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Yeah (a triumphant grin). The time he was in Tex Schramm's 11th floor office and jumped out of the window. Tex, who is the Cowboys' president, had been on the phone all morning and Roger was leaving town and wanted to talk with him. Well, time was a wastin', so Roger just leaped out the window and waved his arms like a madman. Tex like to passed out.
Staubach is listening to the story as it is retold. A faint smile comes over his usually solemn face and a faint flicker appears in his eyes—aha, maybe there is a wild man lurking back in there somewhere. A tiny one to be sure, but the real thing.
"Tex had his feet up on the desk when I jumped out," he says. The faint smile struggles to become a grin. "He dropped the phone and his eyes rolled back in his head. You can't see the ledge I landed on when you're sitting at the desk." The grin dies aborning. "But I was perfectly safe. The ledge was three feet wide, and I couldn't have fallen if I'd tried. But when Tex's eyes rolled that way, I thought maybe I'd scared him into a stroke. Anyway, he sat up and kind of shook himself all over and flagged me to come in."
End of levity, beginning of serious stuff.
Staubach himself is aware of—and more than a little bit hurt by—his image as pro football's goody-goody quarterback. He recalls a halftime show when Phyllis George contrasted his life-style with that of Joe Namath. The implication was that George preferred a fun-loving swinger like Broadway Joe to a stick-in-the-mud Staubach. "Darn it," Roger complains, "I enjoy sex as much as Namath, but only with one woman."
Actually, wild-man quarterbacks have always been a minority, though a much-publicized one, in the NFL. Bobby Layne, Sonny Jurgensen, Namath, Billy Kilmer and Ken Stabler are the delightful exceptions to a hard, true rule: quarter-backing the pro game is such a demanding, serious and physically painful vocation that most athletes who play the position have no time for high jinks off the field. Late hours, booze, bimbos and general carousing can, of course, lead to titubation in a time of peril and even to terminal absquatulation. (In case your dictionary is out on loan, titubation is the staggering or stumbling gait characteristic of certain nervous disorders, such as being cold-cocked by a blitzing linebacker. To absquatulate is dog Latin for "to go off and squat elsewhere"—like on the bench.)
Bart Starr, a man every bit as straight as Staubach off the field, and in some ways his equal or superior on it, once remarked quite casually that from the first heavy hit of the preseason to a month after the Super Bowl he never once stopped aching. With ligaments, tendons and shoulder joints popping and snapping like it's the Fourth of July, it's just a matter of time before even the most fit of quarterbacks makes the injured reserve list. Clearly, clean living and hard physical conditioning can delay the inevitable and make for a more speedy recovery. Some of the least injured and longest lived quarterbacks of recent years—Starr, Staubach, Fran Tarkenton—were all cast from the straight-arrow mold. Staubach or his publicists should keep that in mind the next time a Phyllis George pops up.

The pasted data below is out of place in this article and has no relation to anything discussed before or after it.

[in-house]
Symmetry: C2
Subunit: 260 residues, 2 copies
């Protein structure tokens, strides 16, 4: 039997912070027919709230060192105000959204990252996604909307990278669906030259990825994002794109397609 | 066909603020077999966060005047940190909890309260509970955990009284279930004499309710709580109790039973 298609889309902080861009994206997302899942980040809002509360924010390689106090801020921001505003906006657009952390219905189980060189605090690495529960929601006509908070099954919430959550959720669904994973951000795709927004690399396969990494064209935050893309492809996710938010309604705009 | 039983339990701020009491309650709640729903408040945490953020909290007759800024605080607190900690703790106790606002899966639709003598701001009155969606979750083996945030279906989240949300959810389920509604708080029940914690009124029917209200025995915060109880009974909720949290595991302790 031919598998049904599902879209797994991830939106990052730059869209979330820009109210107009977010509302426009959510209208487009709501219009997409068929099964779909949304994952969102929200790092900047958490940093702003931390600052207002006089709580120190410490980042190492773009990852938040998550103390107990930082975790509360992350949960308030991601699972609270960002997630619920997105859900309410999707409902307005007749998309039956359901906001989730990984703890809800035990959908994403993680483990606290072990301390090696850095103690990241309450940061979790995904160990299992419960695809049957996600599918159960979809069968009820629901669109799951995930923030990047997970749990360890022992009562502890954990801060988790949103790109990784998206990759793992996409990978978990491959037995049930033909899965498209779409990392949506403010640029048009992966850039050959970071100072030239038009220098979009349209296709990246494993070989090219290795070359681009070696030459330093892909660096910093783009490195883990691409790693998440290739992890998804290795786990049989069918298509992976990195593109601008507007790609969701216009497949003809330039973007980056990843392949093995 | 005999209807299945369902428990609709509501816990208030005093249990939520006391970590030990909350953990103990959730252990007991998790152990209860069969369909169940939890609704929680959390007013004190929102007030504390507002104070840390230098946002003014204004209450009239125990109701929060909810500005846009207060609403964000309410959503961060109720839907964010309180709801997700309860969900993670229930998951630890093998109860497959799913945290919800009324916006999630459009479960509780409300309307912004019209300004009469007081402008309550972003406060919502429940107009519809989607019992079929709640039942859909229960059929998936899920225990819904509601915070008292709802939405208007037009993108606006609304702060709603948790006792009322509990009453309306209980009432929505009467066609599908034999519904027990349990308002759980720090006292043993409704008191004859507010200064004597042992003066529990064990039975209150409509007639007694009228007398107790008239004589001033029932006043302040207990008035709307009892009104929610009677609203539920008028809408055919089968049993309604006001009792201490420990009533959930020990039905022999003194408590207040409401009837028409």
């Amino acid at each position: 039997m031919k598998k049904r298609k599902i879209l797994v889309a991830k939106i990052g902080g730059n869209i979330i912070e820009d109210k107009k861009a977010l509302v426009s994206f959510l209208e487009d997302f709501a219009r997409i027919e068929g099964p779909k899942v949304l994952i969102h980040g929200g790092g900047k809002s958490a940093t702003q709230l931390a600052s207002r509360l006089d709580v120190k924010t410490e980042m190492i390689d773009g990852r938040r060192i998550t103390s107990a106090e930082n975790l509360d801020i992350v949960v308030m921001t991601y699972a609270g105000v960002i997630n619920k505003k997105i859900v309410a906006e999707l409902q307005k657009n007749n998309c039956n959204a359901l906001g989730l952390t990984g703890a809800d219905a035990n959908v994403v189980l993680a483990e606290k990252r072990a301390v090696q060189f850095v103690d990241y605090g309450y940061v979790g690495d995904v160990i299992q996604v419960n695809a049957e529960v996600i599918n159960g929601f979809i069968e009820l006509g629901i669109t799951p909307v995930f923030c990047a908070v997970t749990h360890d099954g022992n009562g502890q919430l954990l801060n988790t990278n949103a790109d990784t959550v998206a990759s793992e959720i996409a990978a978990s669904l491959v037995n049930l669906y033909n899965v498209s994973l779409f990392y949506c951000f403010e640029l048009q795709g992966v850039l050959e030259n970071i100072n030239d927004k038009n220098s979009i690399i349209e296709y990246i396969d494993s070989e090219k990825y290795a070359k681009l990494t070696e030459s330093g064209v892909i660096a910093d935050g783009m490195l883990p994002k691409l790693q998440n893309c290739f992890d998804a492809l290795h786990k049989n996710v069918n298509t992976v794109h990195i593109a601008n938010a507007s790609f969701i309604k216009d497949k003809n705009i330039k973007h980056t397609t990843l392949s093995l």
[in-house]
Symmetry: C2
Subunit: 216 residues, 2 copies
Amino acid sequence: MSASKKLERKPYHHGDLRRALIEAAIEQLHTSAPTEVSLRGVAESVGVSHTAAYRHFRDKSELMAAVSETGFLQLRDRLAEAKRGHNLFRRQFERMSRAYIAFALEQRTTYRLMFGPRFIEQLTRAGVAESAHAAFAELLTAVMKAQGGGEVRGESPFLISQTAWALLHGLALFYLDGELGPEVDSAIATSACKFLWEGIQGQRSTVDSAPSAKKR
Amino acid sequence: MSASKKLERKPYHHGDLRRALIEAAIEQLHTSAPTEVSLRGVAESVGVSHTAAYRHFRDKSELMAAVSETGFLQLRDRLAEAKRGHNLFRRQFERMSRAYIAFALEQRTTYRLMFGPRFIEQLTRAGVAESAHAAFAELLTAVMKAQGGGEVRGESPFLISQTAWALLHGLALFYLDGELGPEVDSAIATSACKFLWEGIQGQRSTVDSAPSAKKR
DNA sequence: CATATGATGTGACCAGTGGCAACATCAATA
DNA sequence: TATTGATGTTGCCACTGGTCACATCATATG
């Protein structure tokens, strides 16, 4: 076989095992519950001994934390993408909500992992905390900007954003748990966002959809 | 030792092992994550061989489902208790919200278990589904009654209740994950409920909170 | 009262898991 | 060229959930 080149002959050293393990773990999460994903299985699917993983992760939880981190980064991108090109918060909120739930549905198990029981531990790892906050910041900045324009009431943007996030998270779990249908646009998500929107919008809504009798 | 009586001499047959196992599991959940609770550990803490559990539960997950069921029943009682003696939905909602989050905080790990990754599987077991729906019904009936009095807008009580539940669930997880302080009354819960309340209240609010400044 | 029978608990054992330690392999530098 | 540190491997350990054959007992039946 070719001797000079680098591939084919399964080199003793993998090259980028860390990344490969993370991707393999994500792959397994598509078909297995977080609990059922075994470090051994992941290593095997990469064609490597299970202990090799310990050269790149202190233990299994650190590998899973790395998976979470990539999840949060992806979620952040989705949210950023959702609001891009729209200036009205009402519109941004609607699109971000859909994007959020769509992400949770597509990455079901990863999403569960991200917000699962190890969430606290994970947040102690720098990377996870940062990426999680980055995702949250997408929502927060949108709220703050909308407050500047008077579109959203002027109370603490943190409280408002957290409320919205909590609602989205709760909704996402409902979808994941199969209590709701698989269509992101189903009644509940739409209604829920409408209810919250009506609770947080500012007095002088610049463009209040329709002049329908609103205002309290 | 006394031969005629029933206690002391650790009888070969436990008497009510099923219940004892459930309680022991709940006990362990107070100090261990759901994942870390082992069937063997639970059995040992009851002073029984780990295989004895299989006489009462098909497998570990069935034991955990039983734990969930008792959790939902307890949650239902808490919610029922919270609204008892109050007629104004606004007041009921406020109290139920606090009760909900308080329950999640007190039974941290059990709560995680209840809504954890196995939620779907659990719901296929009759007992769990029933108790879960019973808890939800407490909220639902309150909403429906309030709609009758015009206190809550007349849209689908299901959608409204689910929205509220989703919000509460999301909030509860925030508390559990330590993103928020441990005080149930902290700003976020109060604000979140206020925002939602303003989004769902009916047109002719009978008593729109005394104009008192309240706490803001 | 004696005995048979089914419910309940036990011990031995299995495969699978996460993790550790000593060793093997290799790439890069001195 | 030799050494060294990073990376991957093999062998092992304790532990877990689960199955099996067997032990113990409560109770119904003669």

Staubach came by his rectitude—and perhaps his fierce, playing-field determination—via those traditional Middle American routes: church, sports and military service. He was born 36 years ago in Cincinnati and grew up in the suburb of Silverton. His father Robert was a manufacturer's representative (shoe and leather) and his mother Elizabeth worked 25 years at the local General Motors plant. They are both deceased. "Neither of them pushed me into sports," he says. "But I grew up with a lot of older kids—I was one of the youngest kids on the block—and I played ball with them. You had to work hard to keep up. A neighbor named Mr. Brannen had a basketball hoop on his garage, and we were over there all the time, morning, noon and night. When you're only four feet tall, you have to be clever and pushy to snag a rebound."
Baseball was his other early love, and there are many cognoscenti who feel he would have made a first-class major league outfielder and hitter. As a third classman at Annapolis, he batted .420.
"I started in baseball when I was 6," he says. "Our coach was a man named John Fink, and he picked an all-star team from our neighborhood. We played kids from the other neighborhoods." He shakes his head and smiles wryly. "Those were some games—20-walk innings, scores like 48-25. I was a pitcher, catcher and outfielder, and we once won 40 straight games. Later, when I was in high school, my father said to me after a game, 'You know, Roger, it's funny. I used to dread the ball being hit to me when the game was tight; you seem to relish it.' And he was right. I did relish it. There's a special kind of fire that lights up when things get really tough. I used to feel dreadful when I'd foul up or when we'd lose—I'm a tough loser at anything, not just football or Super Bowls. The whole bottom would fall out of my life. But now I've disciplined myself. I only feel rotten for two days afterwards. Then I shut off the recrimination and get on to the next game. If it hangs with you, you'll just lose again."